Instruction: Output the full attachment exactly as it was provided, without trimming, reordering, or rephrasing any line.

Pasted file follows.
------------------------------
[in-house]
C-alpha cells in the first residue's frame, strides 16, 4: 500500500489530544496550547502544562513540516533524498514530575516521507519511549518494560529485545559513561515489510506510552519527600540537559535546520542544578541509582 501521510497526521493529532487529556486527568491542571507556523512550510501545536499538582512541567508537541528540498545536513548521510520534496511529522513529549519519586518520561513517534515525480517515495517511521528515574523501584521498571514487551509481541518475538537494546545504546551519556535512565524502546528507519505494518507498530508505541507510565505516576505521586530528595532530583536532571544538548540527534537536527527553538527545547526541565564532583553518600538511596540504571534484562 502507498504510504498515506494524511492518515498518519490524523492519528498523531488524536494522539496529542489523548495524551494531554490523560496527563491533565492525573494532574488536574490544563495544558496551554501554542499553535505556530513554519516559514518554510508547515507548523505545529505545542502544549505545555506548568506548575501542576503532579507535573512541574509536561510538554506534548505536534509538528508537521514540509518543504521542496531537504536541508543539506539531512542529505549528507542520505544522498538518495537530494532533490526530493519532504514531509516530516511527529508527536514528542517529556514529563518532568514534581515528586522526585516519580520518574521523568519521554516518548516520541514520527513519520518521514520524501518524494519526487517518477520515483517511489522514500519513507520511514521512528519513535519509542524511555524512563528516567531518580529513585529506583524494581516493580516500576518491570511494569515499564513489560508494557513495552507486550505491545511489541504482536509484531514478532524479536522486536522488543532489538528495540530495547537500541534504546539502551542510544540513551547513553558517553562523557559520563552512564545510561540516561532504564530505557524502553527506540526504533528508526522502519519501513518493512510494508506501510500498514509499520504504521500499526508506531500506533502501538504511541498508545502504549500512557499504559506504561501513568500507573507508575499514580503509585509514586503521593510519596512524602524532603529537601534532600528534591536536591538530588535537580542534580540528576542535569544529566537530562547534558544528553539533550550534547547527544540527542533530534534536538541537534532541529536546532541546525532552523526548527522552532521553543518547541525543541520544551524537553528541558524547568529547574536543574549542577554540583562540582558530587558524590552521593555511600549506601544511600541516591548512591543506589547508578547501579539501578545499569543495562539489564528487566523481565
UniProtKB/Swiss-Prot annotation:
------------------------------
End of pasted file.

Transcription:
[in-house]
C-alpha cells in the first residue's frame, strides 16, 4: 500500500489530544496550547502544562513540516533524498514530575516521507519511549518494560529485545559513561515489510506510552519527600540537559535546520542544578541509582 501521510497526521493529532487529556486527568491542571507556523512550510501545536499538582512541567508537541528540498545536513548521510520534496511529522513529549519519586518520561513517534515525480517515495517511521528515574523501584521498571514487551509481541518475538537494546545504546551519556535512565524502546528507519505494518507498530508505541507510565505516576505521586530528595532530583536532571544538548540527534537536527527553538527545547526541565564532583553518600538511596540504571534484562 502507498504510504498515506494524511492518515498518519490524523492519528498523531488524536494522539496529542489523548495524551494531554490523560496527563491533565492525573494532574488536574490544563495544558496551554501554542499553535505556530513554519516559514518554510508547515507548523505545529505545542502544549505545555506548568506548575501542576503532579507535573512541574509536561510538554506534548505536534509538528508537521514540509518543504521542496531537504536541508543539506539531512542529505549528507542520505544522498538518495537530494532533490526530493519532504514531509516530516511527529508527536514528542517529556514529563518532568514534581515528586522526585516519580520518574521523568519521554516518548516520541514520527513519520518521514520524501518524494519526487517518477520515483517511489522514500519513507520511514521512528519513535519509542524511555524512563528516567531518580529513585529506583524494581516493580516500576518491570511494569515499564513489560508494557513495552507486550505491545511489541504482536509484531514478532524479536522486536522488543532489538528495540530495547537500541534504546539502551542510544540513551547513553558517553562523557559520563552512564545510561540516561532504564530505557524502553527506540526504533528508526522502519519501513518493512510494508506501510500498514509499520504504521500499526508506531500506533502501538504511541498508545502504549500512557499504559506504561501513568500507573507508575499514580503509585509514586503521593510519596512524602524532603529537601534532600528534591536536591538530588535537580542534580540528576542535569544529566537530562547534558544528553539533550550534547547527544540527542533530534534536538541537534532541529536546532541546525532552523526548527522552532521553543518547541525543541520544551524537553528541558524547568529547574536543574549542577554540583562540582558530587558524590552521593555511600549506601544511600541516591548512591543506589547508578547501579539501578545499569543495562539489564528487566523481565
UniProtKB/Swiss-Prot annotation: